Aloha Sewists, and welcome to the Alterations Week for the Charlie Dress Sewalong! Throughout these posts we will be going through as many pattern alteration tutorials as we can physically crush in, relevant to the Charlie Dress. But it doesn't end there - the extra great news is that a lot of these tutorials will be applicable not only to the Charlie, but to a huge amount of other patterns too as we tackle most of the common issues surrounding pattern fitting.
Today, we'll be showing you how to:
- Perform a full bust adjustment (FBA)
- Perform a small bust adjustment (SBA)
And you will need:
- Your Charlie Dress pattern
- A tape measure
- Some extra pattern paper - we like dot & cross or baking paper
- Pens, a pencil and a ruler
- French curves or a patternmaster (optional)
- Tape - masking tape is good as it is easily removable if you make a mistake
- Paper scissors
Before you begin, have you read our posts on how to take accurate body measurements, and how to download, print & assemble a PDF sewing pattern?
Full Bust Adjustment (FBA)
How do I know if an FBA is in order?
- Your full bust is more than 2" bigger than your high bust measurement (see this post on how to take accurate body measurements)
- Your full bust measurement falls into a larger size group than your waist measurement
- Dresses that fit your waist tend to squish down the ladies
- You find that your waistlines often ride up (avoid the temptation to lengthen the bodice)
We need to begin by taking the bodice centre front and bodice side front pieces and marking out the seam allowance lines at the side front seam, the underarm seam and the side seam (shown in fluo orange).
We also need to mark the apex (shown in red) - this is basically the fullest part of the bust, or the nipple point.
We now need to mark a series of slash lines along key points of the bodice side front - it is along these lines that we're going to cut and open it all up to create some more space for our ample bosoms!
The first line goes from the apex and down to the waistline, skimming the seam allowance line.
Draw a second line from the apex and up to the armhole. In order to be able to open up the bust to create space without chopping up the bodice completely, we need to factor in some pivot points, or hinges. The first pivot point is marked by a little circle at the seam allowance line at the armhole. When we come to cutting along this line, we'll cut right up to the circle, and then we'll snip in to the circle from the seam allowance.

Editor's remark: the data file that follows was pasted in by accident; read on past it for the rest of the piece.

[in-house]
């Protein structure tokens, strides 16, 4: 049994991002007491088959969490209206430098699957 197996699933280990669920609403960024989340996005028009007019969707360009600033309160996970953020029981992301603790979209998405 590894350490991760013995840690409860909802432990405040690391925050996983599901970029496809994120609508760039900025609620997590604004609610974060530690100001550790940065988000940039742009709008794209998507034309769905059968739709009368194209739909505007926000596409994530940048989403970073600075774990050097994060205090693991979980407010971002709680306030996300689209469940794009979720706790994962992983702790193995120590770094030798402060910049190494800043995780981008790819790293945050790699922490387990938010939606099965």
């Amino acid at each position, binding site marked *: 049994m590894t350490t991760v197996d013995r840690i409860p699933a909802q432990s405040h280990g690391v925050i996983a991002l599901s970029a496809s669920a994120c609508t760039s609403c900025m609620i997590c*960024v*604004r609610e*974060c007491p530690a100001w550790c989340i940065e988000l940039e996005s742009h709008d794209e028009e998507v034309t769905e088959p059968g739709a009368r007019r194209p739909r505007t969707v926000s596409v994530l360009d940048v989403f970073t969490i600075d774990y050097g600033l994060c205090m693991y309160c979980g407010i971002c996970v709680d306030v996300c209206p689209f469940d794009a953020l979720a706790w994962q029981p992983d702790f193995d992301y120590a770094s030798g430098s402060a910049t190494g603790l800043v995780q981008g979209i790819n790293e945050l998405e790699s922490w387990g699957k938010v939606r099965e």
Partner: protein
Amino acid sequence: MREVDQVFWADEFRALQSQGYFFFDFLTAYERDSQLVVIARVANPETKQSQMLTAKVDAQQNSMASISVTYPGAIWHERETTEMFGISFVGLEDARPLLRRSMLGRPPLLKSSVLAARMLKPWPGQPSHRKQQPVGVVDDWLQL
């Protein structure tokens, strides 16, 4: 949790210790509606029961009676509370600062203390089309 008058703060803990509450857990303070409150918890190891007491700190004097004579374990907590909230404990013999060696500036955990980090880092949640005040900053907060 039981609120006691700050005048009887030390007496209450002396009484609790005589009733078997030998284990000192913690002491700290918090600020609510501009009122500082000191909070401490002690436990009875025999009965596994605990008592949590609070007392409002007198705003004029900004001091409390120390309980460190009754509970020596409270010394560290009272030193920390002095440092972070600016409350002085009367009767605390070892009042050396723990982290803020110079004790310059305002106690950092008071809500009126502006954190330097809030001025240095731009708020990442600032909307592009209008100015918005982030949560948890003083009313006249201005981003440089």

The third line we need to mark goes from the side seam - a couple of inches down from the underarm - and up to the apex. Where this line meets the apex will also be a pivot point.
Aaaaand the final line is a small horizontal line going from the first line we drew out to the side front seam edge.
Now comes the fun - but also quite fiddly! - part: slashing.
Cut line 1 from the waistline up to the apex and continuing along line 2 until you get to the armhole pivot point.
Snip the seam allowance at the armhole to meet the pivot.
Cut along line 3 from the side seam, stopping just shy of the apex, allowing this point to pivot also.
You should be able to see now how we can open the bodice up to create more space, or close it in on itself to reduce volume.
Take your bodice side front and place it onto a piece of scrap paper. Tape down the top of the side seam to secure it.
We're now going to spread the pattern out according to how much we need to increase the bust measurement by.
For example, your bust measurement is 37" putting you in the size UK14 bracket, but your waist measurement is 28" putting you in the size UK12 bracket, and you have therefore cut out a size UK12 bodice. Seeing as your bust is 2" larger than the size UK12 bust of 35", you'll need to open up each side of your bodice by 1", totalling 2" extra inches all round. Remember, you only need to open up your bodice pattern piece by half of the total amount you need to increase the bust by, as once it's all cut out you'll have two!
Open up the pattern piece and measure your 1" (or however much you're increasing your bust by) across the split line 1:
When you're happy, tape it down.
You'll see that the right hand portion of the bodice is now significantly longer than the left hand slither - fix this by snipping line 4 and bringing it down to match the waistline, keeping the side front seam line flush.
Now that we've created more width across the bust, we need to close up the massive side dart we've ended up with!
Using the image below as a guide, draw a straight line (shown in pink) along the bottom part of line 3, continuing through the apex and out of the side front seam edge.
Cut from the side seam along this new line (let's call him "red line"), stopping at the apex.
Now cut along the red line from the side front seam towards the apex, but not through it - we need to keep the apex as a pivot point!
You'll see that you can now hinge the bodice, allowing you to close that side dart, bringing line 3 back together, and thereby opening up the curve at the bust.
Slip another little piece of scrap paper underneath this opening at the bust, tape it down and redraw the bust curve. In doing this, we've now increased the width at the bust and made that curved side front bust seam a little longer and bustier, without affecting the side seam.